Play by Terrance Rattigan. Andrew Crocker-Harris is on the verge of retirement, and potentially divorce from wife, Millie. However, he has a shot at redeeming his dignity when a young pupil gives him an unexpected parting gift. Normally presented as the first part of a 'double-bill' with Rattigan's Harlequinade.
The Browning Version (with Harlequinade) - Original London West End Production 1948
Opened 8 September 1948, Closed 9 April 1949 at the Phoenix Theatre
The double-bill was called 'Playbill'. The cast featured Eric Portman as 'Andrew Crocker-Harris' and Mary Ellis as 'Millie Crocker-Harris' with Peter Scott as 'John Taplow', Hector Ross as 'Frank Hunter', Campbell Cotts as 'Dr Frobisher', Anthony Oliver as 'Peter Gilbert' and Henryetta Edwards as 'Mrs Gilbert'. Directed by Peter Glenville with designs by Paul Sheriff. Barry Jones took over the role of Andrew Crocker-Harris from Eric Portman for the last three weeks of the run.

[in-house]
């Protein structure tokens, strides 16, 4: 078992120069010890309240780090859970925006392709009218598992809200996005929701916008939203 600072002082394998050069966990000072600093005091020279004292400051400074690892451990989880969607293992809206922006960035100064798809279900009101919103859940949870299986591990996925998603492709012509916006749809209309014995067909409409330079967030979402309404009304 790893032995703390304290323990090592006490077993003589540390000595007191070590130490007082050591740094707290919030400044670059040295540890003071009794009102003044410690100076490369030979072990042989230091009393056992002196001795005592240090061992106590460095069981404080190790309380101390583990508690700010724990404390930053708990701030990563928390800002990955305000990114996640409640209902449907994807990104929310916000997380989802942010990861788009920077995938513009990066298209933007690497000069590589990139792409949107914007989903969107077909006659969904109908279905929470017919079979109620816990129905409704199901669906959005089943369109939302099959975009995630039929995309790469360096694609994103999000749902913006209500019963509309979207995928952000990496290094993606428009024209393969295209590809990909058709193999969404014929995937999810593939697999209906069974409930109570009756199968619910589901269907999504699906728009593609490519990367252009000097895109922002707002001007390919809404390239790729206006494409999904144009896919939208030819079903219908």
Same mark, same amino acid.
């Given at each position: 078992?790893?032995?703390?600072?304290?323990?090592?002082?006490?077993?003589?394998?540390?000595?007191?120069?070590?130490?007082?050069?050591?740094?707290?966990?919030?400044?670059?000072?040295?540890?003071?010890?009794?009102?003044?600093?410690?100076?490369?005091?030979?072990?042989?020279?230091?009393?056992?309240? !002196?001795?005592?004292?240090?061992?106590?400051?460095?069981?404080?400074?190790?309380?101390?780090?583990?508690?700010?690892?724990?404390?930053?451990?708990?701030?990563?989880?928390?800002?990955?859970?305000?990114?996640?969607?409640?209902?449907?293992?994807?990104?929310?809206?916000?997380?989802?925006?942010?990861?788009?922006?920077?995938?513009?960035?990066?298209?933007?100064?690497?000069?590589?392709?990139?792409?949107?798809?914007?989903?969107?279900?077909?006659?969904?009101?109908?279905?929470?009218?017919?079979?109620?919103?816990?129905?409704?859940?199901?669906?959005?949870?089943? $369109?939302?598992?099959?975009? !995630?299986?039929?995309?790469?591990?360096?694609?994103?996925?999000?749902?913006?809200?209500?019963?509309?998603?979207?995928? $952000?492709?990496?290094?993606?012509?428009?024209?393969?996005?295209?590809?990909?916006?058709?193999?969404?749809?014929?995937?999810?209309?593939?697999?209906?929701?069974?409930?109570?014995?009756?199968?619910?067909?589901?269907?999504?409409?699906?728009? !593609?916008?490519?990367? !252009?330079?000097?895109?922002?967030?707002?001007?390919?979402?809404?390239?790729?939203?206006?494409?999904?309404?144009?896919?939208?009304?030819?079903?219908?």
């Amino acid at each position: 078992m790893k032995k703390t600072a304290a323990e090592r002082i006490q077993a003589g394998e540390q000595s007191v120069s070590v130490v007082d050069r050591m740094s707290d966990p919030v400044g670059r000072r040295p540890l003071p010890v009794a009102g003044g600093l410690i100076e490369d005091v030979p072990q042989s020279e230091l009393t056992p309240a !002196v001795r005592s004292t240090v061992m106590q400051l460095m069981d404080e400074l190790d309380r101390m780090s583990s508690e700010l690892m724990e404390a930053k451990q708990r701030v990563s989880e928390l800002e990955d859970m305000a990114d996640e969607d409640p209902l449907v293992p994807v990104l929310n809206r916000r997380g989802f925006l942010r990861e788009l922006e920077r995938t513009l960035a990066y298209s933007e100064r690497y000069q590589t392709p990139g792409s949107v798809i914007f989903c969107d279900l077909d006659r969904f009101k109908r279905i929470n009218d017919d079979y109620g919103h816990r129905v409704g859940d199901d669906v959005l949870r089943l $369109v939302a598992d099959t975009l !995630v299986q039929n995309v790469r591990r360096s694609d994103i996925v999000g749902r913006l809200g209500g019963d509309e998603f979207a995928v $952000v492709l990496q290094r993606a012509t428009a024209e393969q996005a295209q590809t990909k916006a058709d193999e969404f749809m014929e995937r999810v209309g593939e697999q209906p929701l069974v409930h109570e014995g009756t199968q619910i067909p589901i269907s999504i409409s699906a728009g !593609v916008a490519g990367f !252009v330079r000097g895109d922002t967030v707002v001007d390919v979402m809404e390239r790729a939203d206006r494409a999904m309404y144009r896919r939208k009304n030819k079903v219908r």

The Browning Version (with Harlequinade) - National Theatre London Revival 1980
Previewed 8 May 1980, Opened 13 May 1980, Closed 21 March 1981 (in repertory) at the NT Lyttelton Theatre
The cast featured Alec McCowen as 'Andrew Crocker-Harris' and Geraldine McEwan as 'Millie Crocker-Harris' with Graeme Henderson as 'John Taplow', Nicky Henson as 'Frank Hunter', Antony Brown as 'Dr Frobisher', Peter Bourke as 'Peter Gilbert', Mary Chilton as 'Mrs Gilbert'. Directed by Michael Rudman with designs by Carl Toms, lighting by Brian Ridley and sound by Gabby Haynes.
The Browning Version (with Harlequinade) - 1st London West End Revival 1988